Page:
Background: Several lines of evidence have shown that helminthiasis can significantly reduce disease severity in animal models of intestinal inflammation, airway inflammation/hyperreactivity, diabetes, and multiple sclerosis. Identification and characterization of helminth-derived immunomodulatory molecules that contribute to anticolitis effects could lead to new therapeutic approaches in inflammatory bowel diseases (IBDs) without the need for helminth infection. We evaluated the therapeutic potential of adult human hookworm, Ancylostoma ceylanicum, crude (Aw) and excreted/secreted (ES) products on dextran sulfate sodium (DSS)-induced colitis in BALB/c mice.
Methods: Colitis was induced by 5% DSS oral administration for 7 days. Clinical disease severity was monitored daily during concomitant intraperitoneal treatment with helminth-derived products. Additionally, several pathways of immunological modulation induced by A. ceylanicum products (MPO, EPO, Th1, Th2, and Th17 cytokine responses) in the inflamed intestinal microenvironment were assessed. Finally, the histopathological profile of the colon was characterized.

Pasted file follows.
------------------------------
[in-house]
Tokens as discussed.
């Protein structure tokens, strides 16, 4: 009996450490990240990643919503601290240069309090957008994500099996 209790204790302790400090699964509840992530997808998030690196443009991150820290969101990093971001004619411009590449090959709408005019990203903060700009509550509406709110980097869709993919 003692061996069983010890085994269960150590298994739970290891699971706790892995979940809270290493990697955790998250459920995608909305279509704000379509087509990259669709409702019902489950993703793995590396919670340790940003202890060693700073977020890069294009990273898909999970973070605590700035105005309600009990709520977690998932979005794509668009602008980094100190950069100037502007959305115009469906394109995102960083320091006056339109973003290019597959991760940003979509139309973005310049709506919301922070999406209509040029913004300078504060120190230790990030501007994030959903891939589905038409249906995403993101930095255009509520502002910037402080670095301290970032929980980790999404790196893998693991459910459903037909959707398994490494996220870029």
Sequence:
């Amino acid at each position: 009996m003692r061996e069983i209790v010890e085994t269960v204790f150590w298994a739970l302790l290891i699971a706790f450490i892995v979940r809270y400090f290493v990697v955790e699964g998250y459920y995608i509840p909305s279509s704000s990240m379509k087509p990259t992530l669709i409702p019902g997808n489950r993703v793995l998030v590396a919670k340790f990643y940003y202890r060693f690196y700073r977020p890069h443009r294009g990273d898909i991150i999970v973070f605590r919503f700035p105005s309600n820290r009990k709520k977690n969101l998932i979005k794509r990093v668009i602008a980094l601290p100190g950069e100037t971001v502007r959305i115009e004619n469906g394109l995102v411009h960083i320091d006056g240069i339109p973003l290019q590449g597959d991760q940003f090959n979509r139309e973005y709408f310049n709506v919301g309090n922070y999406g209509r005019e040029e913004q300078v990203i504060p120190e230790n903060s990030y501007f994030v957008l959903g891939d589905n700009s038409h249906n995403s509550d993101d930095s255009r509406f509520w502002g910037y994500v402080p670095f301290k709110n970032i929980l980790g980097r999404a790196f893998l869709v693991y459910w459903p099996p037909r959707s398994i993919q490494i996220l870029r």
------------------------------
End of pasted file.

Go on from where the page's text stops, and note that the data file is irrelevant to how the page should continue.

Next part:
Results: Hookworm products are able to modulate the potent proinflammatory response induced by DSS, mainly through the downregulation of Th1 and Th17 cytokines. These proteins also reduce clinical and colonic microscopic inflammation scores as well as EPO and MPO activity.
Conclusions: Ancylostoma ceylanicum Aw and ES mediators have an important therapeutic potential in experimental colitis in mice, which may provide a more socially acceptable form of therapy for patients with IBDs as opposed to using living worms. Our results support the urgency of further isolation and recombinant expression of active hookworm products responsible for the beneficial effects on colitis.
Copyright © 2011 Crohn's & Colitis Foundation of America, Inc.